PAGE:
Publication: Monitor Volume: 1 Issue: 24

Clashes between the Russian army and Chechen forces expanded across the republic June 1, with mounting death tolls on both sides, Interfax reported. Itar-Tass said that there were at least 50 Russian dead in one local hospital. Russian commanders said that the Chechens had suffered even greater casualties. Russian commander Lt. Gen. Gennady Troshev told Interfax that his forces now control almost half of Chechnya’s mountainous south, have driven Dudayev’s forces out of the lowlands, and are prepared to crush the “rebels” at Vedeno and Shatoi. But at the same time, Krasnaya zvezda reported June 1 that the Chechens now have much better weaponry including modern bazookas, submachine guns, tanks, and even Stinger missiles. And Moscow television reported that there are at least 4,000 fighters under Chechen president Dzhokhar Dudayev’s command. On the diplomatic front, Chechen officials said that they would not resume talks with Moscow until there was an effective cease-fire, or until the UN or OSCE conducted a review of the situation; they did say that they were maintaining contacts with the Russian government through Saint Petersburg mayor Anatoli Sobchak, Itar-Tass reported.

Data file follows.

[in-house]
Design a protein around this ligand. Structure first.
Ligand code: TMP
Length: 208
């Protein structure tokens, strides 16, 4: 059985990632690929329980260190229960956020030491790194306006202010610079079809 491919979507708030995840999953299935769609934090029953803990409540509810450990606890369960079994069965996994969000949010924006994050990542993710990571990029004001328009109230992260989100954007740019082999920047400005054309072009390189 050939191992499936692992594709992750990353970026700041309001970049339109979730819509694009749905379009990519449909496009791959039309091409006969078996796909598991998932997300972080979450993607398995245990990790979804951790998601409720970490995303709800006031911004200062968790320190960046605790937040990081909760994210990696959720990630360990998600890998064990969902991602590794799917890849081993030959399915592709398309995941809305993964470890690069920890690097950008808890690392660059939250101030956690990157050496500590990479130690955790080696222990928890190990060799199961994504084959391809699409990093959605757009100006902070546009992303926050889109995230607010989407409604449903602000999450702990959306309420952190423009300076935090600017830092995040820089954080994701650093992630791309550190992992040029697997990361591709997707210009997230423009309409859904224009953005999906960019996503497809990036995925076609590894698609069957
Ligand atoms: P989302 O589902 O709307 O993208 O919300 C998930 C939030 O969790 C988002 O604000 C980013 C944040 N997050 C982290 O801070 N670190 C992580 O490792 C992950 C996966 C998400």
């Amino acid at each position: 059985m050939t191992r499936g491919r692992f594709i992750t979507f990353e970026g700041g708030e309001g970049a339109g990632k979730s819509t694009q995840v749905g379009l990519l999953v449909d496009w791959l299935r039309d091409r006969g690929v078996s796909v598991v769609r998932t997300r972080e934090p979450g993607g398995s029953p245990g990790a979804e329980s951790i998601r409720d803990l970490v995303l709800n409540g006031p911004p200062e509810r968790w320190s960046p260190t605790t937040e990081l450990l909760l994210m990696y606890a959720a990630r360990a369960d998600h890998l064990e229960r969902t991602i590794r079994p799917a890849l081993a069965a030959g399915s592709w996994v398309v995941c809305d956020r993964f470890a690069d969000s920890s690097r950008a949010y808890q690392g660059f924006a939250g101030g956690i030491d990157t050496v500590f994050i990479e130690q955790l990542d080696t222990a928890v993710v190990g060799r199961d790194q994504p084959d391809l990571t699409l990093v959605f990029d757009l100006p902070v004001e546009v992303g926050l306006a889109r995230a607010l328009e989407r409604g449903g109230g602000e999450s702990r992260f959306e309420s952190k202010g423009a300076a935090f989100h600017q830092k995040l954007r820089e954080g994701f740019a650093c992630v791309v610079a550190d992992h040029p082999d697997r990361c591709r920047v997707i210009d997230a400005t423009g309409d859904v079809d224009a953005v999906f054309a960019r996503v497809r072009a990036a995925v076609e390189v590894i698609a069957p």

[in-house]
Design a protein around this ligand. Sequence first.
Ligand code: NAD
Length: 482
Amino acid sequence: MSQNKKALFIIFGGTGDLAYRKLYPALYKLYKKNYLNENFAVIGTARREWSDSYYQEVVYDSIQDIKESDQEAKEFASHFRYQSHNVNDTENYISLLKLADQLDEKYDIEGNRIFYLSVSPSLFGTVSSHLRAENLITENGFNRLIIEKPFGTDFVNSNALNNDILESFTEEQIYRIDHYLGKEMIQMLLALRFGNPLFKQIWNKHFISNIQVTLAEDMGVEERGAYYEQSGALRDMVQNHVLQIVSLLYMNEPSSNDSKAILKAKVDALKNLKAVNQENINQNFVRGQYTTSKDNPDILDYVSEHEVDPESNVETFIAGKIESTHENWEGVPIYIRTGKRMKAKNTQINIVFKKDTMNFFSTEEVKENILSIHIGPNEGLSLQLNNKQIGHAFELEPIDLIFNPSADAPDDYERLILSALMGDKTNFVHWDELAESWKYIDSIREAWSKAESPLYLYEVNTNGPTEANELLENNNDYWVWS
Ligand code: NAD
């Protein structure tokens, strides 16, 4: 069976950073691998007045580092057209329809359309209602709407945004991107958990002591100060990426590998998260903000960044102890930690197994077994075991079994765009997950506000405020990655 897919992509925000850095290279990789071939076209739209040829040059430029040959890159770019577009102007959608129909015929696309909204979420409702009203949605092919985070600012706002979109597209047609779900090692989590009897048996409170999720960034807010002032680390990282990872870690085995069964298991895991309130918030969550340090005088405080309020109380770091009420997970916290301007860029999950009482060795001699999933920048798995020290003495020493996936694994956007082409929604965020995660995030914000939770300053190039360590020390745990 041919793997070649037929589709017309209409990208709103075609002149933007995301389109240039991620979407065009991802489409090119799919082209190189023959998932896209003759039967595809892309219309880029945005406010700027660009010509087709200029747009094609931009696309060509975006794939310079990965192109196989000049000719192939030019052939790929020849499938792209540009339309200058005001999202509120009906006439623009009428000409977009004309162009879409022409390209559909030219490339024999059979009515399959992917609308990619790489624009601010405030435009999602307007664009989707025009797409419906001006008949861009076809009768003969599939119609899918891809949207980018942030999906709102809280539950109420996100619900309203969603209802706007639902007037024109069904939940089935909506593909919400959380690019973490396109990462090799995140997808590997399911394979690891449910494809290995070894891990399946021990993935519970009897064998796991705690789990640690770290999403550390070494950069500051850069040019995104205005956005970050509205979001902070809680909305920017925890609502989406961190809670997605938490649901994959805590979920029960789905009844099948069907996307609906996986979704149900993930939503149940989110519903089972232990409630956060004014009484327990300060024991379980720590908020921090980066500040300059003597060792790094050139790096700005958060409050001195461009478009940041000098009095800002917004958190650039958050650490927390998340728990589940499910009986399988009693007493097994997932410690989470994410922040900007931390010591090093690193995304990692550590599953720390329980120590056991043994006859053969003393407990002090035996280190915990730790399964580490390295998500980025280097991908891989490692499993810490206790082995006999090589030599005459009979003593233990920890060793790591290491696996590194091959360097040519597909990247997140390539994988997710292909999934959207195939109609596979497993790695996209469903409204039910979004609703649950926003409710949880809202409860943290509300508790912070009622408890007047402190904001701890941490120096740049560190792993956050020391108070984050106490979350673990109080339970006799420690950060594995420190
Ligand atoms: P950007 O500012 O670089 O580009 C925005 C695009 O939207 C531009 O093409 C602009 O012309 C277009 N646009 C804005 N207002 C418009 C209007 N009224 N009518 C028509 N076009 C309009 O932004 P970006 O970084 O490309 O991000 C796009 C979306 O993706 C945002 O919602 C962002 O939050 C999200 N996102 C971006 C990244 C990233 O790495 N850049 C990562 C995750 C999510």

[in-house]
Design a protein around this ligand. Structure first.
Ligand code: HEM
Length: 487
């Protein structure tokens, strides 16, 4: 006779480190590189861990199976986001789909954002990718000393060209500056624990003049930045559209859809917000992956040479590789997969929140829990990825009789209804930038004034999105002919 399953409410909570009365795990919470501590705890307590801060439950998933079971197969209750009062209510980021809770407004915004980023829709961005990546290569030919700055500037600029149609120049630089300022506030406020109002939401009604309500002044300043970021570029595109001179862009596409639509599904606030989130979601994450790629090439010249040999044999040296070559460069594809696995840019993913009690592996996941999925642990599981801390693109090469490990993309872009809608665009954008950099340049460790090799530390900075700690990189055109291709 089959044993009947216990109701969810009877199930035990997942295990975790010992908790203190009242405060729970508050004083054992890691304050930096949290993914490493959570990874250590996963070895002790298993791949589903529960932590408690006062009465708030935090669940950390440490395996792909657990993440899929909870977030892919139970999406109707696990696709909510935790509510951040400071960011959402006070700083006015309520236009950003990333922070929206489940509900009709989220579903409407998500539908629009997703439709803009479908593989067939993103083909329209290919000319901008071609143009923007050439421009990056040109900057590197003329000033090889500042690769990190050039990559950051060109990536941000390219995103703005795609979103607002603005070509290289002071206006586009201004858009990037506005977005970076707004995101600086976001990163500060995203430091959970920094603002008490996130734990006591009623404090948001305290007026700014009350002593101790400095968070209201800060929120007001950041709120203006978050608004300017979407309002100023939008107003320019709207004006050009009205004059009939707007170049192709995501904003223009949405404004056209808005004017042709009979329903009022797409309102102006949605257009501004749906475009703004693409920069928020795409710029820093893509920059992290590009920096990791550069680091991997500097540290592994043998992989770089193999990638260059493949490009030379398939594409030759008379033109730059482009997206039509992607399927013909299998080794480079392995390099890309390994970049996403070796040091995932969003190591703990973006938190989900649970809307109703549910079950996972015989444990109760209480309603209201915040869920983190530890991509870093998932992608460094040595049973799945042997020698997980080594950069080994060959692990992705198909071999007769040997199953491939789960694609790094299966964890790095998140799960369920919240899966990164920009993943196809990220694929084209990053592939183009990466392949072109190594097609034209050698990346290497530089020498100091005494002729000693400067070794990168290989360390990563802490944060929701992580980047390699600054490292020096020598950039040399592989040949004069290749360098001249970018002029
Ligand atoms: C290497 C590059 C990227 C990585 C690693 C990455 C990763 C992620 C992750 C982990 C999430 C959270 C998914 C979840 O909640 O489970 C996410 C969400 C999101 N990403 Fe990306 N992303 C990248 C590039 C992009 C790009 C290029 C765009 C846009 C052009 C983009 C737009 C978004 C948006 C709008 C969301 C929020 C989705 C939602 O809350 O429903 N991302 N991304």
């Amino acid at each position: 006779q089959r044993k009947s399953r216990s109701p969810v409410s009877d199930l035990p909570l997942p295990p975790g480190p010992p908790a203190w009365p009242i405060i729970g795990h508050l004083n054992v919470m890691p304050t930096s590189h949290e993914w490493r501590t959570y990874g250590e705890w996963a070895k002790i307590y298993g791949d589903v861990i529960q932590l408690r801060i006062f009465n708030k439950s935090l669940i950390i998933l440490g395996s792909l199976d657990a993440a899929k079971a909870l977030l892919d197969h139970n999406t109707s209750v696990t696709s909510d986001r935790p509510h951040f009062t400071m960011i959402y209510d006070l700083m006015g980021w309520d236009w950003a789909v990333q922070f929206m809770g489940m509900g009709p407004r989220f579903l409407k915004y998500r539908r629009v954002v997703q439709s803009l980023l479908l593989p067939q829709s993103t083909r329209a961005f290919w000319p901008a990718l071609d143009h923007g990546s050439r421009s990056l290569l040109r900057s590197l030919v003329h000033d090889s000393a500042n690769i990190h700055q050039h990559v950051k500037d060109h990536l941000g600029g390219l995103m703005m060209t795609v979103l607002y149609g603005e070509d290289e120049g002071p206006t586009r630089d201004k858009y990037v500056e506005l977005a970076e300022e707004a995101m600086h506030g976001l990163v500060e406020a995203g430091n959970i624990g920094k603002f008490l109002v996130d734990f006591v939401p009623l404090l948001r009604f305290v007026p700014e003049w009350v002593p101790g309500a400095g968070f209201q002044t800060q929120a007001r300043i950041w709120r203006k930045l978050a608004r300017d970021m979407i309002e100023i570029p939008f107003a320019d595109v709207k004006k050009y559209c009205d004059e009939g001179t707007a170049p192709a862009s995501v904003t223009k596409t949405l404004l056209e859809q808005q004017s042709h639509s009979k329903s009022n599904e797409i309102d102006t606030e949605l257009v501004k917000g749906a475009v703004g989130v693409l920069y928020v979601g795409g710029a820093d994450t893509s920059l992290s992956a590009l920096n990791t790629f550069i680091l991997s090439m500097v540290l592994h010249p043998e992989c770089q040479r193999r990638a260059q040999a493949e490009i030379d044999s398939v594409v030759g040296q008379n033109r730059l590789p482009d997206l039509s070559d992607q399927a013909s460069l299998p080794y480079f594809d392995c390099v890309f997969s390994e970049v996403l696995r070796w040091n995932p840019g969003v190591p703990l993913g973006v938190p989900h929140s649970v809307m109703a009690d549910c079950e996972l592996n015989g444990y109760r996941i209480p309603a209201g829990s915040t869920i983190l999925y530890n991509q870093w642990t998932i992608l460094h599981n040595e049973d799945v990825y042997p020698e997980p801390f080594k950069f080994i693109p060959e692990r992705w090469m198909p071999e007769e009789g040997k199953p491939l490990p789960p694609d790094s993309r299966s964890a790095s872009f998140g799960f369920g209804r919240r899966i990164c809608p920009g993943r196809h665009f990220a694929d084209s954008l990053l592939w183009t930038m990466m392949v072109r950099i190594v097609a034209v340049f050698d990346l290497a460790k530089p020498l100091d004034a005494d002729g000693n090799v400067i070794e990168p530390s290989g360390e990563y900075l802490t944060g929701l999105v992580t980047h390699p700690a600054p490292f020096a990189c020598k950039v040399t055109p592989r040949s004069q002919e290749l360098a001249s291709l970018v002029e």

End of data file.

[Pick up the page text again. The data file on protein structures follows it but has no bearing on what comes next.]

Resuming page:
And again, there was no additional word on the fate of Fred Cuny, the American aid specialist who has been missing in Chechnya since April 9. Chechen negotiator Usman Imayev did tell Radio Liberty on June 1, however, that the Chechens were now certain that the body they had discovered earlier was not that of the missing American.

A New Russian Peace Plan?